Ollie And Old Gimlet Eye


As I write, the earnest image of Marine lieutenant colonel Oliver North has faded from our television screens, but a volume of his complete testimony in the Iran-contra hearings still tops the nonfiction paperback best-seller list, a video cassette of the highlights of his appearances has materialized on the shelf of my local rental store, two hundred thousand copies of an Oliver North coloring book have been shipped, and there is talk of an autobiography, even a mini-series.

Half a century ago another Marine was admired for many of the same qualities North seems to exemplify: plain speaking, aggression, impatience with channels. His name was Smedley Darlington Butler, and his politics became very different from North’s, but he, too, eventually found that the untrammeled zeal of the sort that lets Marines take a hill and bring back their dead under fire is often out of sync with civilian life.

Butler is the subject of a new biography by Hans Schmidt, Maverick Marine: General Smedley D. Butler and the Contradictions of American Military History; it is a sturdy, scholarly study, nowhere near as lively or colorful as its subject but instructive nonetheless.

Born a Quaker in 1881, the son of a Pennsylvania congressman, Butler volunteered for Cuba at sixteen, faced his first hostile fire in the Philippines—where, before setting a thatched village on fire, his battalion paused to sing a chorus of “America”—was shot in the chest during the Boxer Rebellion, landed with the Marines in Honduras, Santo Domingo, Mexico, Nicaragua, Haiti, and France, and eventually was awarded two Congressional Medals of Honor.

Thin and wire-tough, with a raptor’s nose and a glare so fierce his men called him “Old Gimlet Eye,” Butler led not one but three expeditions to Nicaragua between 1910 and 1912. His Marines helped overthrow the Liberal anti-American regime of José Santos Zelaya (which had dared execute two Yankee mercenaries caught fighting alongside rebels), intervened again to shore up Zelaya’s conservative successors, and helped establish the Guardia Nacional, the armed constabulary that much later pushed Anastasio Somoza into power. Butler was proud to call himself “the main ‘guy’ ” in these “Punic Wars.” Years after he had moved on, Nicaraguan mothers kept small children quiet by saying, “Hush, Major Butler will get you.”


He had little affection for the foreign civilians who came under his control. The poor Haitians whose destinies he directed after helping to seize their island were “savage monkeys” to him. “Those who wore shoes,” Butler said, “I considered a joke.” When he shared a room with Sudre Dartiguenave, the pliant politician he had personally picked to be Haiti’s president, Butler occupied the bed, and the head of the Haitian government slept on the floor.

Butler’s bravery was never questioned. In Haiti he led a Marine company against Fort Rivière, the final, hilltop redoubt of the cacos—“or bad niggers as we would call them at home,” who had chosen to resist. Butler, one private, and a sergeant named Ross L. lams together scrambled up the slope, bullets pecking into the ground around them, and reached the foot of the wall, to find that the only way in was a storm drain, through which the defenders kept up a steady fire. “I had never experienced a keener desire to be some place else,” Butler remembered. “My misery and an unconscious, helpless, pleading must have been written all over my face. Iams took one look at me and then said, ‘Oh, hell, I’m going through.’ ”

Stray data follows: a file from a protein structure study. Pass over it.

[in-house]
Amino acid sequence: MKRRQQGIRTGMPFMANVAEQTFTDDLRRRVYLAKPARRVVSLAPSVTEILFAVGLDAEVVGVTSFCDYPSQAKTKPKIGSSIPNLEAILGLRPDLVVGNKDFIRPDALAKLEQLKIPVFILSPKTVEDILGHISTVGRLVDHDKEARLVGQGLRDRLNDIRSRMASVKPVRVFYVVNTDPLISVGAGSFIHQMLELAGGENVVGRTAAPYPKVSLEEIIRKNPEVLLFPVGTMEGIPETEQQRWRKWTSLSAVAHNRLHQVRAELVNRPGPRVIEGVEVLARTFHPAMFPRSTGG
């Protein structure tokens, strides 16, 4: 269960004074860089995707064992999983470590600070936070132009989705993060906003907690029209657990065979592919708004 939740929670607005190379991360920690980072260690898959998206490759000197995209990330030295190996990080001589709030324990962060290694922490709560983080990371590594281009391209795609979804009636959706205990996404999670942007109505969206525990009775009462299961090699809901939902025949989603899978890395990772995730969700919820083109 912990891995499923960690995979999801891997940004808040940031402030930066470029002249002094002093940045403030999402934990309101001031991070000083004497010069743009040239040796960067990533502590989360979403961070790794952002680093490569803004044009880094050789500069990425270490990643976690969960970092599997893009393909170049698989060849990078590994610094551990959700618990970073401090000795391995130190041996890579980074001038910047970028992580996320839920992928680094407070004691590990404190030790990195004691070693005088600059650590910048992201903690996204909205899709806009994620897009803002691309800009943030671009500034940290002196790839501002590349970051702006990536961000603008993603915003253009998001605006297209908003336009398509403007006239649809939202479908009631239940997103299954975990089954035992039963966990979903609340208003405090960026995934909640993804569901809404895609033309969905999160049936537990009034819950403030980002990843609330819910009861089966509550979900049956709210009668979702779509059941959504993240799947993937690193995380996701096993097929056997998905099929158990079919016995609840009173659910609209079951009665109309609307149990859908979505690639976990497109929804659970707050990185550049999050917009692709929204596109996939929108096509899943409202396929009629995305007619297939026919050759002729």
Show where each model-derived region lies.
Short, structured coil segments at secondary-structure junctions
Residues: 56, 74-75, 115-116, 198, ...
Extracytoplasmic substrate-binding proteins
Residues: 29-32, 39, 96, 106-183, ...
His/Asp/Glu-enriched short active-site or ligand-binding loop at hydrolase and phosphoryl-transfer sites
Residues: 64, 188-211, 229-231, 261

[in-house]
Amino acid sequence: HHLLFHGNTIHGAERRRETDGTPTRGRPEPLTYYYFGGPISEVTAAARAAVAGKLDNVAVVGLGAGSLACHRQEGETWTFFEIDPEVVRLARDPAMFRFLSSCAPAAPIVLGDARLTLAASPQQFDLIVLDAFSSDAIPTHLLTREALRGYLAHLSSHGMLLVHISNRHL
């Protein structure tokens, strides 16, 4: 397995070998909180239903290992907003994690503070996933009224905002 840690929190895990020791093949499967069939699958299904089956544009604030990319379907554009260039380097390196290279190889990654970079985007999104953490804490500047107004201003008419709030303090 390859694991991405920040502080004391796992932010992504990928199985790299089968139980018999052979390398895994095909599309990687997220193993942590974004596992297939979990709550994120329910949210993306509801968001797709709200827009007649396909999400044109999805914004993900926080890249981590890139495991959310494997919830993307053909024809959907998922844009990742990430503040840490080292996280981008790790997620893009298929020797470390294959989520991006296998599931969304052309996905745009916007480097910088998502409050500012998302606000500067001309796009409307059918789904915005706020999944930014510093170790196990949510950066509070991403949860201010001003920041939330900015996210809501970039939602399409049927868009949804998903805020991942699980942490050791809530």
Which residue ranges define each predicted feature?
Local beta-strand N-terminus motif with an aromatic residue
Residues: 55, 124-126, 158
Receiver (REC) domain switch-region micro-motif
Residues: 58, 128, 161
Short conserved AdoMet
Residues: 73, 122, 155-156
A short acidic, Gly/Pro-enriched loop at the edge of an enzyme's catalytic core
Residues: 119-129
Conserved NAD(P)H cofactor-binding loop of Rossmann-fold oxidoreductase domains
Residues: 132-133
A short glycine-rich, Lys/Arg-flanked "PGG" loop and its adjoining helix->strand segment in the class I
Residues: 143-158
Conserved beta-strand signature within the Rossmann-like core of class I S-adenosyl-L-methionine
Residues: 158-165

Sergeant lams shouldered his way into the drain with Butler and the private right behind him. The startled defenders somehow missed all three, and before they could reload, the Marines were among them. Fifty-one were shot dead: twenty-nine inside the fortress, the rest as they jumped from the parapet and tried to flee into the jungle. Total Marine injuries: two teeth knocked out by a hurled rock. No prisoners were taken; no Haitian survived.

“We were all imbued with the fact,” Butler wrote of the countries that he was ordered to “pacify,” “that we were trustees of a huge estate that belonged to minors.” And he was entirely realistic about how far the American public could be counted on to support imperial ventures: “As long as we occupy these countries [he was writing of Nicaragua] without great uproar and particularly without the loss of our own men, little attention is paid to our movements....We may even kill a lot of natives of such countries without much comment...but, as soon as our losses begin to grow there is a big ‘hubbub,’...and the Corps comes in for unfavorable criticism.”

Theodore Roosevelt thought him “the finest fighting man in the armed forces,” and when TR’s young cousin Franklin toured the island as Assistant Secretary of the Navy, he eagerly agreed, recommending Butler for his second Congressional Medal of Honor.

As commandant of Quantico after World War I, Butler liked restaging Civil War battles to keep his men in the headlines: at Gettysburg in 1922, five thousand men replayed Pickett’s Charge while President Warren Harding and other dignitaries enjoyed the spectacle—and a full case of illegal bourbon—from the shade of a sixteen-room temporary mansion Butler had ordered built for them of wood and canvas.